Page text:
President of Ukraine Volodymyr Zelenskyy; North Korean leader Kim Jong Un
AP Photo/Andrew Kravchenko; Korean Central News Agency/Korea News Service via AP
- Ukraine said on Wednesday that it officially broke diplomatic relations with North Korea.
- North Korea earlier recognized independence of Moscow-backed separatist regions in eastern Ukraine.
- Ukraine’s foreign ministry said the move carries no legal weight.
Ukraine’s foreign ministry announced on Wednesday that it severed diplomatic relations with North Korea after the country recognized the independence of two Moscow-backed separatist regions.
“Ukraine today breaks diplomatic relations with DPRK in response to its decision to recognize the so-called ‘independence’ of the temporarily Russian-occupied territories in the Donetsk and Luhansk regions of Ukraine,” Oleg Nikolenko, a spokesperson for the foreign ministry, wrote in a tweet.
Russian state media TASS reported earlier on Wednesday that North Korea had recognized the independence of eastern Ukraine’s Donetsk People’s Republic, citing separatist leader Denis Pushilin. In a separate article, TASS reported that North Korea’s ambassador to Russia presented a document with official recognition.
In a statement, Ukraine’s foreign ministry called the move “an attempt by Pyongyang to undermine the sovereignty and territorial integrity of Ukraine,” slamming it as “a gross violation of the Constitution of Ukraine, the UN Charter and the fundamental norms and principles of the international law.”
The foreign ministry said North Korea’s recognition won’t change Ukraine’s internationally recognized borders and carries no legal weight. For some, the move sparked an opportunity to joke about whether there was any diplomacy between the two countries to begin with.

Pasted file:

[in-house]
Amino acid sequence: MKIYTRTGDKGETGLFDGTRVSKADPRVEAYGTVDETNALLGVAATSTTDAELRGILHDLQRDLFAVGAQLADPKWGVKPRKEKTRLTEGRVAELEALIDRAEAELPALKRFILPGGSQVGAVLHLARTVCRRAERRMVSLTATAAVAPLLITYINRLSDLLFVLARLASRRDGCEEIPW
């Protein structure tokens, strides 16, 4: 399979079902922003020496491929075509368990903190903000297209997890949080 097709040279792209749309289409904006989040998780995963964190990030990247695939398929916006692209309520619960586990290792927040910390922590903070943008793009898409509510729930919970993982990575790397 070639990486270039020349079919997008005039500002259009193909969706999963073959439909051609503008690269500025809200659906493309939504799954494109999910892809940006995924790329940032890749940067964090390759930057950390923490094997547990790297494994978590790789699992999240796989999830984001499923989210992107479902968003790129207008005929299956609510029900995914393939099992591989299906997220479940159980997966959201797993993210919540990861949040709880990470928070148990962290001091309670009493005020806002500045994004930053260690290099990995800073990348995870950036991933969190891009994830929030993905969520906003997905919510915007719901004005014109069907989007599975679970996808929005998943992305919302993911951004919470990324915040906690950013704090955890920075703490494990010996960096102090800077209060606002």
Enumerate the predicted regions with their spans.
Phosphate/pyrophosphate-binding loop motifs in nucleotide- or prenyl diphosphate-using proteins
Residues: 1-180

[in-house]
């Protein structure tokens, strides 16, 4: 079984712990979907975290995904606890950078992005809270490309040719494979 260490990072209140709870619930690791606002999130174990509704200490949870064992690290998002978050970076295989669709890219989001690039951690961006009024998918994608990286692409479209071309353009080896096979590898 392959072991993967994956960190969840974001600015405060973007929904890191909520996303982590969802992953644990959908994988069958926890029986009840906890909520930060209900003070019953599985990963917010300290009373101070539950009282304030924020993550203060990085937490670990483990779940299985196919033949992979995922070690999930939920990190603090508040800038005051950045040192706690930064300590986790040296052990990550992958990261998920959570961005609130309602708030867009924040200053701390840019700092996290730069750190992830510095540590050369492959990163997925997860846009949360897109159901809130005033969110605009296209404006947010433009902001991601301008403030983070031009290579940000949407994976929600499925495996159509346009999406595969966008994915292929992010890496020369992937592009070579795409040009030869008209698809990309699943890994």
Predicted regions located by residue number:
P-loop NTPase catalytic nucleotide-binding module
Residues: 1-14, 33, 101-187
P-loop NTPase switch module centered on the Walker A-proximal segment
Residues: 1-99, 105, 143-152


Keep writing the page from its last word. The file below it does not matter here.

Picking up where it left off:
“Ukraine severed diplomatic relations with North Korea. In my 26 years in diplomacy, I was never aware we had them,” former Ukrainian diplomat Olexander Scherba tweeted.
Foreign Ministry Dmytro Kuleba said in a statement that Russia will “soon reach the level of isolation” of North Korea, which is already extremely isolated from the international community.
Days before Russia launched its February 24 invasion of Ukraine, Russian President Vladimir Putin signed a decree recognizing Donetsk and Luhansk as independent states — sparking widespread outrage.
Ukraine has fought rebels in the two Kremlin-backed regions since 2014. US and Western officials had warned Putin would try to use the regions to stage a pretext for a full-scale invasion.
Last month, Syria — a Russian ally — also recognized Donetsk and Luhansk as independent, the Associated Press reported.